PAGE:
Reports state that about 2,750 tons of ammonium nitrate unloaded from a disabled vessel in 2014 had been stored in a port warehouse. An accident appears to have caused the chemicals to explode.
As time passes, the consequenc- es of this explosion will be serious. Lebanon imports 80% of what it consumes but the port will no longer receive any goods. Additionally, the loss of the port means the govern- ment has lost a major source of in-
Sylvia Haddad speaking to children and their parents at the JCC in 2015.
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come. The timing couldn’t be worse as the country’s currency has col- lapsed after years of mismanage- ment and corruption. Hundreds of thousands of people cannot buy food, medicine or fuel. The Lebanese people watch helplessly as they see their savings wiped out and their pur- chasing power disappear.
The coronavirus crisis has placed great pressure on the health sector. The damage sustained by the main hospitals as the result of the explosion has further reduced the ability of the hospitals to cope and the hospital staff use parking lots for emergency care.
Many of the Palestinian refugee camps are far from the port where the explosion took place. But two of
the camps near Beirut, Dbayeh (10 miles north of the port) and Sabra to the south-east of Beirut, felt the explosion. Currently, the Palestinians living in the camps who have been trained on helping others, especially with those who need extra care and the elderly, are working on how they can help.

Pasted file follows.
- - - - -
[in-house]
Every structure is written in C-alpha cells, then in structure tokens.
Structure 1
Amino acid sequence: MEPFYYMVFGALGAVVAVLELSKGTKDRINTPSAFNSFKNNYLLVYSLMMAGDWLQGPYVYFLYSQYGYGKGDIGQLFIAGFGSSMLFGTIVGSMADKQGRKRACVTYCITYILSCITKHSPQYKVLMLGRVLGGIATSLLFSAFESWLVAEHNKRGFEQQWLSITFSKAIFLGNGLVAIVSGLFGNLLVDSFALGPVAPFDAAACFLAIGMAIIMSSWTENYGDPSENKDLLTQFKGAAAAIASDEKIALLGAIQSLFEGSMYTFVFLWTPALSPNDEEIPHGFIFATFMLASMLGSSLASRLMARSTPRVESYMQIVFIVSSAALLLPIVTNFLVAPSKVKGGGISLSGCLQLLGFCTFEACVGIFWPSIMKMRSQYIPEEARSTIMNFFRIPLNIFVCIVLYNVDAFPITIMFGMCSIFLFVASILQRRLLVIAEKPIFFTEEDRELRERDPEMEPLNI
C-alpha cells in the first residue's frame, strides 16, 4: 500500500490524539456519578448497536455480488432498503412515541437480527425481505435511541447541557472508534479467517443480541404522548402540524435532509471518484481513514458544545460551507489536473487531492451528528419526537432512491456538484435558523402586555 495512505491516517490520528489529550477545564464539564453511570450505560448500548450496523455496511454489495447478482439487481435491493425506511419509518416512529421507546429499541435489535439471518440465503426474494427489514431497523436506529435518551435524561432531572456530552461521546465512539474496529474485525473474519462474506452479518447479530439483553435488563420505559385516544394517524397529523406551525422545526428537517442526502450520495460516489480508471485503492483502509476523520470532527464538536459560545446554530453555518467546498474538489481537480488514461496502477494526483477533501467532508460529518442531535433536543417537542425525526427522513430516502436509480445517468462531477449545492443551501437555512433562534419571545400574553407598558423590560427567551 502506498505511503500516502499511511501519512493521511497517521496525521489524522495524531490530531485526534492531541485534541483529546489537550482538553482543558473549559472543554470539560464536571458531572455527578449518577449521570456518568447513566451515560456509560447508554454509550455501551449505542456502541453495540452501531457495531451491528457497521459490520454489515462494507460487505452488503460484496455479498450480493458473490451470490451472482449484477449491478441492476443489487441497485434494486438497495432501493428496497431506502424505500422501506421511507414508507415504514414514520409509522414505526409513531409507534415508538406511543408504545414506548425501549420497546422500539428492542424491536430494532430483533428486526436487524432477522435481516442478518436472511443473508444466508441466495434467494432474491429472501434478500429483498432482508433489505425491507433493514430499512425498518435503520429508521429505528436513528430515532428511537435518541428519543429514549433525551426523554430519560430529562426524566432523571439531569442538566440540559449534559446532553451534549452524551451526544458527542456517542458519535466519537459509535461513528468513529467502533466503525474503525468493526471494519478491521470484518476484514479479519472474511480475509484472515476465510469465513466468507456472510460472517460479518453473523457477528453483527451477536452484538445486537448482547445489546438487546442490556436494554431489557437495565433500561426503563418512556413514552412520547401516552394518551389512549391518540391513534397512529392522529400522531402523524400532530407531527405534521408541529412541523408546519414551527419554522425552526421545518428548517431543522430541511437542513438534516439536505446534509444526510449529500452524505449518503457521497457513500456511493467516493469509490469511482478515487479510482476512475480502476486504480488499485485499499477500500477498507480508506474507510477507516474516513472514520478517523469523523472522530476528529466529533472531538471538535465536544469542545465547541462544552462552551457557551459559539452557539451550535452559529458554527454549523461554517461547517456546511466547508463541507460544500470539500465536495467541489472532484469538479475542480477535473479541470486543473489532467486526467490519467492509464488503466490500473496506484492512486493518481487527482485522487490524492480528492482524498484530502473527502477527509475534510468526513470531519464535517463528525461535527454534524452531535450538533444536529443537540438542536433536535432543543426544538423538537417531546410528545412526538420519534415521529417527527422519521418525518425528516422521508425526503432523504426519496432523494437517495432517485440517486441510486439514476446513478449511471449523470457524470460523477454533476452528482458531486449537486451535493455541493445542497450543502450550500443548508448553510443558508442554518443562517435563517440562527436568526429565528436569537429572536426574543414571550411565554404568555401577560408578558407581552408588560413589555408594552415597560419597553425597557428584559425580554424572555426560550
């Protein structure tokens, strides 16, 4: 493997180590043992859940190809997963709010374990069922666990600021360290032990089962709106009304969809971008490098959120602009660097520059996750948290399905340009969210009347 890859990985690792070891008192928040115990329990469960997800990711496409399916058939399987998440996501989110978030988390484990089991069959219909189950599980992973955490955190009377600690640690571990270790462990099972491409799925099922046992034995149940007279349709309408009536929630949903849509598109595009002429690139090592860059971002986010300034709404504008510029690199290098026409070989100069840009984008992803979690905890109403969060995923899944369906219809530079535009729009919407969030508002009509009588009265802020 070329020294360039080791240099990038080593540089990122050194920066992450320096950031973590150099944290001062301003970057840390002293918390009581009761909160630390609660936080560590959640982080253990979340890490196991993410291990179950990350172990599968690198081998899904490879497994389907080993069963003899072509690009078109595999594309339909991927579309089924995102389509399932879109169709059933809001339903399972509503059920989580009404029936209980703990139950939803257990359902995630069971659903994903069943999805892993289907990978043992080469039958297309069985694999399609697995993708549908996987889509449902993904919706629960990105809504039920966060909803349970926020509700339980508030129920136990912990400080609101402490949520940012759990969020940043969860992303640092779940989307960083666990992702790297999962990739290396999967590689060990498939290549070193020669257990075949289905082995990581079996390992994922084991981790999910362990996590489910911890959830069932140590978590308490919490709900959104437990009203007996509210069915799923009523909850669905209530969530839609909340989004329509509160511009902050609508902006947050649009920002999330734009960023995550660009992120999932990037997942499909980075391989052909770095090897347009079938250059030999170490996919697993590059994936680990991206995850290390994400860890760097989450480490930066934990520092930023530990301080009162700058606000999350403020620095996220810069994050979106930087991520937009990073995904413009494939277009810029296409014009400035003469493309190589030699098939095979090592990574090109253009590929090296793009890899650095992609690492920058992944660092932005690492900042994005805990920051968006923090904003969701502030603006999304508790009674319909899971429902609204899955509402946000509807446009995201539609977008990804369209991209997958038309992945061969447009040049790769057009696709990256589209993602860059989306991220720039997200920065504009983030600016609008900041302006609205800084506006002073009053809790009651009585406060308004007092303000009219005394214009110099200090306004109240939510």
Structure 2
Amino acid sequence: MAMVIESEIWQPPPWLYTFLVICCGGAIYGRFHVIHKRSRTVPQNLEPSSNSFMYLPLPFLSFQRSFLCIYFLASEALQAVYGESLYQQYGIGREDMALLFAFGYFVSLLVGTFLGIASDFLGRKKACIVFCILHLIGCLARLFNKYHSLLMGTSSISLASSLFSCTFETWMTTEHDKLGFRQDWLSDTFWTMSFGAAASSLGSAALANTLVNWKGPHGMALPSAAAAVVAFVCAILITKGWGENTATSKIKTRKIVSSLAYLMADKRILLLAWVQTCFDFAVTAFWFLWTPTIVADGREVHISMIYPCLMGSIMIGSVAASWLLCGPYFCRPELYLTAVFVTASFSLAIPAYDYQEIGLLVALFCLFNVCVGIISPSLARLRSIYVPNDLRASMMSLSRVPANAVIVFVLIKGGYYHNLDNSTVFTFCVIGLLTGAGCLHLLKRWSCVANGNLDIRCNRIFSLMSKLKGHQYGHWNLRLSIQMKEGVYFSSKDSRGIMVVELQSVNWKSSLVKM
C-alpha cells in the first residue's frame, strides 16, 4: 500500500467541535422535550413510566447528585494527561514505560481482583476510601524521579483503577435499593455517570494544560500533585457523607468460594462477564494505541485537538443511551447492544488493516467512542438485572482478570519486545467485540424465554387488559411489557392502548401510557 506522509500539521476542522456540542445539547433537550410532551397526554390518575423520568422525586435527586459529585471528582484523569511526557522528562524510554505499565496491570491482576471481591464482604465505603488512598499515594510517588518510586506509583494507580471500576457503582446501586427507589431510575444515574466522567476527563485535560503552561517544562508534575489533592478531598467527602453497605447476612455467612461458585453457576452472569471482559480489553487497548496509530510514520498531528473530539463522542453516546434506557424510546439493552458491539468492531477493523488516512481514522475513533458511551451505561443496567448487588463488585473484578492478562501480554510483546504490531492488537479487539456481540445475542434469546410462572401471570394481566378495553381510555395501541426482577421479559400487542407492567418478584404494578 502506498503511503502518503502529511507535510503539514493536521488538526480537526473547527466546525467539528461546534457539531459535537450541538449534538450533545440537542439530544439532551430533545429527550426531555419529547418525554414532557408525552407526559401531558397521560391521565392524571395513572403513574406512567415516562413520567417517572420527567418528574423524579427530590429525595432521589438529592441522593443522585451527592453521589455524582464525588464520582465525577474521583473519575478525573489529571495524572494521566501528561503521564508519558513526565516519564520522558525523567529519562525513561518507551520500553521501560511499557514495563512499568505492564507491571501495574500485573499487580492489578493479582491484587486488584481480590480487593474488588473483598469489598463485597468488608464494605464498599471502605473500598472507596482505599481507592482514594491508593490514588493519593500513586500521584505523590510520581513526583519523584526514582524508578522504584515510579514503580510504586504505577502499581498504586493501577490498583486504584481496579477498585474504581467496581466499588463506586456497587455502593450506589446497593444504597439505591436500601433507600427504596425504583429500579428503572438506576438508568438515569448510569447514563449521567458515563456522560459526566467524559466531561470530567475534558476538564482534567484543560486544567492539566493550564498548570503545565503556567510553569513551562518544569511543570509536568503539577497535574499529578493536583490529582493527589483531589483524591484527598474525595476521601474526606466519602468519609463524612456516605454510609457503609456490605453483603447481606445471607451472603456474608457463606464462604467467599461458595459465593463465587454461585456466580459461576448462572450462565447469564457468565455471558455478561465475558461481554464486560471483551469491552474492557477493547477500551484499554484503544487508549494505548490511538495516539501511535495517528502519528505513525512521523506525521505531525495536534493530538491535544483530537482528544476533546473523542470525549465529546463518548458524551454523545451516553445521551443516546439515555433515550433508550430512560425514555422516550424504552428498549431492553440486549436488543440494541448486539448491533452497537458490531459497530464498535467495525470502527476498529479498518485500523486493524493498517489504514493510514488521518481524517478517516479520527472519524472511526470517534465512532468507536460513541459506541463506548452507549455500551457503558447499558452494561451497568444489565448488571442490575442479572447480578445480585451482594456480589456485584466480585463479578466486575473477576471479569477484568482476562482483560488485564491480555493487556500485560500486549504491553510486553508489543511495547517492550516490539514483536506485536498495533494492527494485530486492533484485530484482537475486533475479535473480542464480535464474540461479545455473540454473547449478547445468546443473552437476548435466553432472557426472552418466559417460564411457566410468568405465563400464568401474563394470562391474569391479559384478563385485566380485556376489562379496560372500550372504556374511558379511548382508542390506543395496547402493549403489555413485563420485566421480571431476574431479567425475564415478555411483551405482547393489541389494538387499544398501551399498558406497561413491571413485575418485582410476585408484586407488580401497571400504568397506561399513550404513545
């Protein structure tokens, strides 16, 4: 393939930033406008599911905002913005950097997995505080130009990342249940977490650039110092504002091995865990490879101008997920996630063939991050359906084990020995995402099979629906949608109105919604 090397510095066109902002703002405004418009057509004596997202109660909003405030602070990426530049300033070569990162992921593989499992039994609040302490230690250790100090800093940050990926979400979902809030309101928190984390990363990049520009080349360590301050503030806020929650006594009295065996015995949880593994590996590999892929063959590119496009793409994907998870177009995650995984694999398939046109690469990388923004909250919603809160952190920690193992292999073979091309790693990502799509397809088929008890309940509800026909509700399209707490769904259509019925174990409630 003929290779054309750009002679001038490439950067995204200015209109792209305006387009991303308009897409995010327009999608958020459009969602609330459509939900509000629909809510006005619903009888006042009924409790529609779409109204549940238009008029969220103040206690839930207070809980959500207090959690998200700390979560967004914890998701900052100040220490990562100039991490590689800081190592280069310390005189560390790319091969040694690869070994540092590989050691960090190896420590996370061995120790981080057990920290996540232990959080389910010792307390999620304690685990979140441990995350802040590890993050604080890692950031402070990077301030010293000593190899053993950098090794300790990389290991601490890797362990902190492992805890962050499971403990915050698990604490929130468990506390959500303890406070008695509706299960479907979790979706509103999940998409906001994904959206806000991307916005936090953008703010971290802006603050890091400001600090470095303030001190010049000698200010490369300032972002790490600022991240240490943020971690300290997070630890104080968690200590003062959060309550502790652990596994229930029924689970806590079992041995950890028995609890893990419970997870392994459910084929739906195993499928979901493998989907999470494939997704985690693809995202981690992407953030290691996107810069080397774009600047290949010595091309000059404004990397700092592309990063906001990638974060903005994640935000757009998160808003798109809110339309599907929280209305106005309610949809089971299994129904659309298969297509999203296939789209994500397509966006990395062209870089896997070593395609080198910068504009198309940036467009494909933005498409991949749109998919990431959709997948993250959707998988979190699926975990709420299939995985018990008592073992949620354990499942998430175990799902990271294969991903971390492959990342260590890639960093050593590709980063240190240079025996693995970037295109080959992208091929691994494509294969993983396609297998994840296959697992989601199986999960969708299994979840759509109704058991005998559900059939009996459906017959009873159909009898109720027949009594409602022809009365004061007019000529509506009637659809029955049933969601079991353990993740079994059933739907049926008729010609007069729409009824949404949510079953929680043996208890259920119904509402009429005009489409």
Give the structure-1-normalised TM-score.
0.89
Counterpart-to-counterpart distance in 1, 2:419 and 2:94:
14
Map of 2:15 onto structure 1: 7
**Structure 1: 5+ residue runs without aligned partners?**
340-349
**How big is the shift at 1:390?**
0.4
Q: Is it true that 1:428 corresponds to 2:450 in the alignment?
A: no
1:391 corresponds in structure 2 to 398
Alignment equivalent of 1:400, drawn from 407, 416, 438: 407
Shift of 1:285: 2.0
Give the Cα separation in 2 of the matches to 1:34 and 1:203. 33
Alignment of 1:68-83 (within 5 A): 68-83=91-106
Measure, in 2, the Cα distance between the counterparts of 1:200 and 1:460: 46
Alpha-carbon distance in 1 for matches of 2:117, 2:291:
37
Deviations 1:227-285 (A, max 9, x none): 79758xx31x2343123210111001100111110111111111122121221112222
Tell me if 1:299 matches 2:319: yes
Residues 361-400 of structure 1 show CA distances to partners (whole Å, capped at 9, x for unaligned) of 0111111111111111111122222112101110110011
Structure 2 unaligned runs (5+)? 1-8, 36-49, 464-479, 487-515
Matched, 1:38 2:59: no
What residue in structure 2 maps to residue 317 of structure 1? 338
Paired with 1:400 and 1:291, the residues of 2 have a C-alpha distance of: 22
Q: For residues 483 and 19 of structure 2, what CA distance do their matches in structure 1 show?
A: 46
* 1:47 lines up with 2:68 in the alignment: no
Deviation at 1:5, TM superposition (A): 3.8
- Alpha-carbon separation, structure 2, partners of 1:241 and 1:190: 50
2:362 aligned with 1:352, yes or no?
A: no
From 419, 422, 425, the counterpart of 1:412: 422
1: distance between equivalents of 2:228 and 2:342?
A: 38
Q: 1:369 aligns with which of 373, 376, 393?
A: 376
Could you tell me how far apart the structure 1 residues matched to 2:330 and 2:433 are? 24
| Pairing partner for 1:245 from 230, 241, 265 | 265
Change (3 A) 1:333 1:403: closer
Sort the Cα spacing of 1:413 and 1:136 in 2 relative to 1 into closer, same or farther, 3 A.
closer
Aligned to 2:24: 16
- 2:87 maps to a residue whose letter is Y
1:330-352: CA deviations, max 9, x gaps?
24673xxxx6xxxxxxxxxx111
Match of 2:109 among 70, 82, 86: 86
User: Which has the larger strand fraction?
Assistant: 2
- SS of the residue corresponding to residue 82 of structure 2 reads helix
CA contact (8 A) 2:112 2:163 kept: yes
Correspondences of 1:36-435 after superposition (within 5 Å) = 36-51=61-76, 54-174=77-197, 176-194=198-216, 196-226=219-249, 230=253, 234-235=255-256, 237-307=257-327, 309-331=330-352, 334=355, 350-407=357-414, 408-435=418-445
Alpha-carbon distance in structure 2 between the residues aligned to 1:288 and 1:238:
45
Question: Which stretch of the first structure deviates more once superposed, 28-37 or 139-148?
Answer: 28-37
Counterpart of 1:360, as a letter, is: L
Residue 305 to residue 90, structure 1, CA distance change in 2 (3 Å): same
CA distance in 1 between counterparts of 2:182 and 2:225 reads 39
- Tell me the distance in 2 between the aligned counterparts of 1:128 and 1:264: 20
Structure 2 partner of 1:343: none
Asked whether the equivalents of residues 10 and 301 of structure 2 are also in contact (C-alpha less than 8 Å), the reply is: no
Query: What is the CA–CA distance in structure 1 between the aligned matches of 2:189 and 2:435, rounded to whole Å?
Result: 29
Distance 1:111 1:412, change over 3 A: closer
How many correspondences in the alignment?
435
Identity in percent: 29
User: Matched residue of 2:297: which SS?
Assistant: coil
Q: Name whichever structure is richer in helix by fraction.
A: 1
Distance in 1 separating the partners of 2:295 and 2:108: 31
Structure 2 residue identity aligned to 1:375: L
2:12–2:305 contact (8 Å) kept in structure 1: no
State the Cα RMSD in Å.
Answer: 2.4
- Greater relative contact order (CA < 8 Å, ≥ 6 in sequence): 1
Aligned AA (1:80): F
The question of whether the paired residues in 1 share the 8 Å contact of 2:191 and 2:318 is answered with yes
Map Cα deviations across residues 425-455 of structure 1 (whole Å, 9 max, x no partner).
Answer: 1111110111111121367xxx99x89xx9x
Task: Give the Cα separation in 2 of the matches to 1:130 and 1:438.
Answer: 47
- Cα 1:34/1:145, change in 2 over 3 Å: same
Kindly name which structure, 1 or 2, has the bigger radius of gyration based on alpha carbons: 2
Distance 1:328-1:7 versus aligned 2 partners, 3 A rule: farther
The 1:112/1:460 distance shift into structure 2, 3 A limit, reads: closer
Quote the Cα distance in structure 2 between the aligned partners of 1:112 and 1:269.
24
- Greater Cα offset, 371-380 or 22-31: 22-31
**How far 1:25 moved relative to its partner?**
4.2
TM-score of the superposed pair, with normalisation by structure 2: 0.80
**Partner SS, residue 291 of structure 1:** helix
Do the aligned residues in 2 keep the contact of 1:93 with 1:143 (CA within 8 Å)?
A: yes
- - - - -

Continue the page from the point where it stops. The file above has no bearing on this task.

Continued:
This is the time to support a coun- try that has hosted the Palestinian refugees for so many years. We in- tend to do whatever we can to show our gratitude to God with the hope of getting help from our friends and par tners.
To contribute to relief efforts in Beirut, visit
Fredericton, St. Andrew’s (full-time minister) – Atlantic Provinces
Duncan, St. Andrew’s (full-time minister) – British Columbia
Bramalea, North Bramalea (full-time minister) – Central, Northeastern Ontario & Bermuda (CNEOB)
Kingston, St. John’s & Seeley’s Bay, Sand Hill (full-time minister, 2-point charge) – CNEOB
Kitchener, Doon (full-time minister) – CNEOB
Kitchener, St. Andrew’s (full-time minister) – CNEOB
Lakefield, St. Andrew’s and Lakehurst, Knox (60%-time minister) – CNEOB
Madoc, St. Peter’s (full-time minister) – CNEOB
Port Perry, St. John’s (40%-time minister) – CNEOB
Scarborough, Guildwood Community (full-time minister) – CNEOB
Montreal, The Church of St. Andrew and St. Paul (full-time Associate Minister for Community Connections and Care) – Quebec & Eastern Ontario
Fonthill, Kirk on the Hill (full-time minister) – Southwestern Ontario
Kincardine, Knox (full-time minister) – Southwestern Ontario